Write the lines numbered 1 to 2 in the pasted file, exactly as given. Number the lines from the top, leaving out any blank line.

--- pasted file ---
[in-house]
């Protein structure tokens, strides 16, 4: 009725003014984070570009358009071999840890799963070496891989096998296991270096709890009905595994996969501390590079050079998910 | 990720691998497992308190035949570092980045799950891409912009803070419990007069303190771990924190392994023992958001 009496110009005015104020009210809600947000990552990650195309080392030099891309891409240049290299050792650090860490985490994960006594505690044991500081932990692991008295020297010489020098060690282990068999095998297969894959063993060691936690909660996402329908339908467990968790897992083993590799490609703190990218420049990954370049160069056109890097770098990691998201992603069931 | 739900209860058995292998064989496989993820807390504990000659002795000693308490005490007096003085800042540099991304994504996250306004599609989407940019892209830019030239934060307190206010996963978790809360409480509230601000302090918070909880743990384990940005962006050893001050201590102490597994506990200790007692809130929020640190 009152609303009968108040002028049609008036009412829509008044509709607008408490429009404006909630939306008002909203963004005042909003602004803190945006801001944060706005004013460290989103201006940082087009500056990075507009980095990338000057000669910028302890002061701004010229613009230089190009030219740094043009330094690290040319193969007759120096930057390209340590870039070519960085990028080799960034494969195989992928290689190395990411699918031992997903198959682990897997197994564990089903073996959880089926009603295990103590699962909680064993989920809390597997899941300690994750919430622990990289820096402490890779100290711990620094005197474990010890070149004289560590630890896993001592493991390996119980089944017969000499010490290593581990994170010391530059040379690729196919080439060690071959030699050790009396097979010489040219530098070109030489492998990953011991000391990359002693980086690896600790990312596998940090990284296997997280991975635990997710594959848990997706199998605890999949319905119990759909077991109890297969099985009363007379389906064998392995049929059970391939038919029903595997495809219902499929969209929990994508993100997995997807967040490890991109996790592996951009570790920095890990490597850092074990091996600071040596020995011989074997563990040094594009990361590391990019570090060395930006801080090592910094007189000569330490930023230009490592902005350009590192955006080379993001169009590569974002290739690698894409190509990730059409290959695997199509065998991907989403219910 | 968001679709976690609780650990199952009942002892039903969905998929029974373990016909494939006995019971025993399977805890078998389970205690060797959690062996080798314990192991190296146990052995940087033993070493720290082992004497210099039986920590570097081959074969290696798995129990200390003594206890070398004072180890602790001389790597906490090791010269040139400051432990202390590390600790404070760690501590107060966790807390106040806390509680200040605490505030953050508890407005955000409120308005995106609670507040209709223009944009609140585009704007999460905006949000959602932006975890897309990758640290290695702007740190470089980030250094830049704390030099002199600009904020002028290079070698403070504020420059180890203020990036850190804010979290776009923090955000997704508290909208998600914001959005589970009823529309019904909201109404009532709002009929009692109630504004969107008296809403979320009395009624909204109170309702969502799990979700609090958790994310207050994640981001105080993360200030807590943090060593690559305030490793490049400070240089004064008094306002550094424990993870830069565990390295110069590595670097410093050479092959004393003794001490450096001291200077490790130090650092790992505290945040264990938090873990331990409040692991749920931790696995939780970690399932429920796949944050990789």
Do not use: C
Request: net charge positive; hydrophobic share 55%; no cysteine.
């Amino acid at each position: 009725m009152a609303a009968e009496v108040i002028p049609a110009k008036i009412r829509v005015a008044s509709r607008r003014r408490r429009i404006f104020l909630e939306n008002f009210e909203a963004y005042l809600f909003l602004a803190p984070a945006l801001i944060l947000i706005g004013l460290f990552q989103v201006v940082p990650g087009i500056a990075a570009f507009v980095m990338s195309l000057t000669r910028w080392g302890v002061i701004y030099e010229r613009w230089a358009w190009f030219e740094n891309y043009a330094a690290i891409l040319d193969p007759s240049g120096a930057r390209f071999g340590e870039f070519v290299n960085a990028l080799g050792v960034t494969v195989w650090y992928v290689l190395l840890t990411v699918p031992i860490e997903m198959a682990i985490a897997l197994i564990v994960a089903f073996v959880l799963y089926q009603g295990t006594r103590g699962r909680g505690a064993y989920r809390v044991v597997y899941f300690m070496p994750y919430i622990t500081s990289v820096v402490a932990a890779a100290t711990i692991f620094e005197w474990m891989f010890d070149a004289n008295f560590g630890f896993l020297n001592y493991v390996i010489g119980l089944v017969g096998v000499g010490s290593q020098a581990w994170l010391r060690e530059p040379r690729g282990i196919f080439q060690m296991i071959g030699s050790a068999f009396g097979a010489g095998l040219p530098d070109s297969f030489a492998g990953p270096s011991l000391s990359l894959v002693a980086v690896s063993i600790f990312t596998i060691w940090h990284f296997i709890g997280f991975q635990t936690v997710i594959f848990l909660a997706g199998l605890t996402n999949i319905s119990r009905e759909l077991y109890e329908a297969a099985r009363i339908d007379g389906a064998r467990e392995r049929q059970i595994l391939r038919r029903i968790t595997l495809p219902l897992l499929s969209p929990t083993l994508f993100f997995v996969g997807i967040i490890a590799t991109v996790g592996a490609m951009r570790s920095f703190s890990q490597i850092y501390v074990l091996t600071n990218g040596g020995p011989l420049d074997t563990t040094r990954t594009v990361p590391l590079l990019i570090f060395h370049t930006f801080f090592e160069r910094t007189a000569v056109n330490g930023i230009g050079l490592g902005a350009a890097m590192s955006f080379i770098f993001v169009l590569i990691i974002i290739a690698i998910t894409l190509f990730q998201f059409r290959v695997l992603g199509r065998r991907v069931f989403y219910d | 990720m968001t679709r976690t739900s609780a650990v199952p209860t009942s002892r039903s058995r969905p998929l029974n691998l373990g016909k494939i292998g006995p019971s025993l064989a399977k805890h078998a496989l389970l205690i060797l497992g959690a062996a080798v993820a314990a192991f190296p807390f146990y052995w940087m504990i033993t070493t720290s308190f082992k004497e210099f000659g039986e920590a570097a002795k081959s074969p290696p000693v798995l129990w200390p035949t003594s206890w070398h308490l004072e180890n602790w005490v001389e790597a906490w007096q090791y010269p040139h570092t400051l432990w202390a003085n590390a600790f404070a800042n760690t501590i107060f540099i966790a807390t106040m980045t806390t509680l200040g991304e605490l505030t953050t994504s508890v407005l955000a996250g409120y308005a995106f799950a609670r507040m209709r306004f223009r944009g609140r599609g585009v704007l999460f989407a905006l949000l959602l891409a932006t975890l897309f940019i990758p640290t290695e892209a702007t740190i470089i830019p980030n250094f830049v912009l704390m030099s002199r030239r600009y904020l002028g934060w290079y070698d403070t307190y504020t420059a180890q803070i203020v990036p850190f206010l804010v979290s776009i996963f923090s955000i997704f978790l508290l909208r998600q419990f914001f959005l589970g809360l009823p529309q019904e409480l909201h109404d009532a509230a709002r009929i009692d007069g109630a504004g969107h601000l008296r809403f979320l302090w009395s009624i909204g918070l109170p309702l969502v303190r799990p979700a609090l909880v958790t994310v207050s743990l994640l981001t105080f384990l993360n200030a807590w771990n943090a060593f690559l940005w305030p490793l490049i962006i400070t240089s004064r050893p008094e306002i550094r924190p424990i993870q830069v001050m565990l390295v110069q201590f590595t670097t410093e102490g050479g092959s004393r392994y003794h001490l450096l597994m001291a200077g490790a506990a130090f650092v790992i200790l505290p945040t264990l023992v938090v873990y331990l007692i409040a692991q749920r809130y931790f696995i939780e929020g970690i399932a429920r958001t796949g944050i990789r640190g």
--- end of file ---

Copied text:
[in-house]
């Protein structure tokens, strides 16, 4: 009725003014984070570009358009071999840890799963070496891989096998296991270096709890009905595994996969501390590079050079998910 | 990720691998497992308190035949570092980045799950891409912009803070419990007069303190771990924190392994023992958001 009496110009005015104020009210809600947000990552990650195309080392030099891309891409240049290299050792650090860490985490994960006594505690044991500081932990692991008295020297010489020098060690282990068999095998297969894959063993060691936690909660996402329908339908467990968790897992083993590799490609703190990218420049990954370049160069056109890097770098990691998201992603069931 | 739900209860058995292998064989496989993820807390504990000659002795000693308490005490007096003085800042540099991304994504996250306004599609989407940019892209830019030239934060307190206010996963978790809360409480509230601000302090918070909880743990384990940005962006050893001050201590102490597994506990200790007692809130929020640190 009152609303009968108040002028049609008036009412829509008044509709607008408490429009404006909630939306008002909203963004005042909003602004803190945006801001944060706005004013460290989103201006940082087009500056990075507009980095990338000057000669910028302890002061701004010229613009230089190009030219740094043009330094690290040319193969007759120096930057390209340590870039070519960085990028080799960034494969195989992928290689190395990411699918031992997903198959682990897997197994564990089903073996959880089926009603295990103590699962909680064993989920809390597997899941300690994750919430622990990289820096402490890779100290711990620094005197474990010890070149004289560590630890896993001592493991390996119980089944017969000499010490290593581990994170010391530059040379690729196919080439060690071959030699050790009396097979010489040219530098070109030489492998990953011991000391990359002693980086690896600790990312596998940090990284296997997280991975635990997710594959848990997706199998605890999949319905119990759909077991109890297969099985009363007379389906064998392995049929059970391939038919029903595997495809219902499929969209929990994508993100997995997807967040490890991109996790592996951009570790920095890990490597850092074990091996600071040596020995011989074997563990040094594009990361590391990019570090060395930006801080090592910094007189000569330490930023230009490592902005350009590192955006080379993001169009590569974002290739690698894409190509990730059409290959695997199509065998991907989403219910 | 968001679709976690609780650990199952009942002892039903969905998929029974373990016909494939006995019971025993399977805890078998389970205690060797959690062996080798314990192991190296146990052995940087033993070493720290082992004497210099039986920590570097081959074969290696798995129990200390003594206890070398004072180890602790001389790597906490090791010269040139400051432990202390590390600790404070760690501590107060966790807390106040806390509680200040605490505030953050508890407005955000409120308005995106609670507040209709223009944009609140585009704007999460905006949000959602932006975890897309990758640290290695702007740190470089980030250094830049704390030099002199600009904020002028290079070698403070504020420059180890203020990036850190804010979290776009923090955000997704508290909208998600914001959005589970009823529309019904909201109404009532709002009929009692109630504004969107008296809403979320009395009624909204109170309702969502799990979700609090958790994310207050994640981001105080993360200030807590943090060593690559305030490793490049400070240089004064008094306002550094424990993870830069565990390295110069590595670097410093050479092959004393003794001490450096001291200077490790130090650092790992505290945040264990938090873990331990409040692991749920931790696995939780970690399932429920796949944050990789």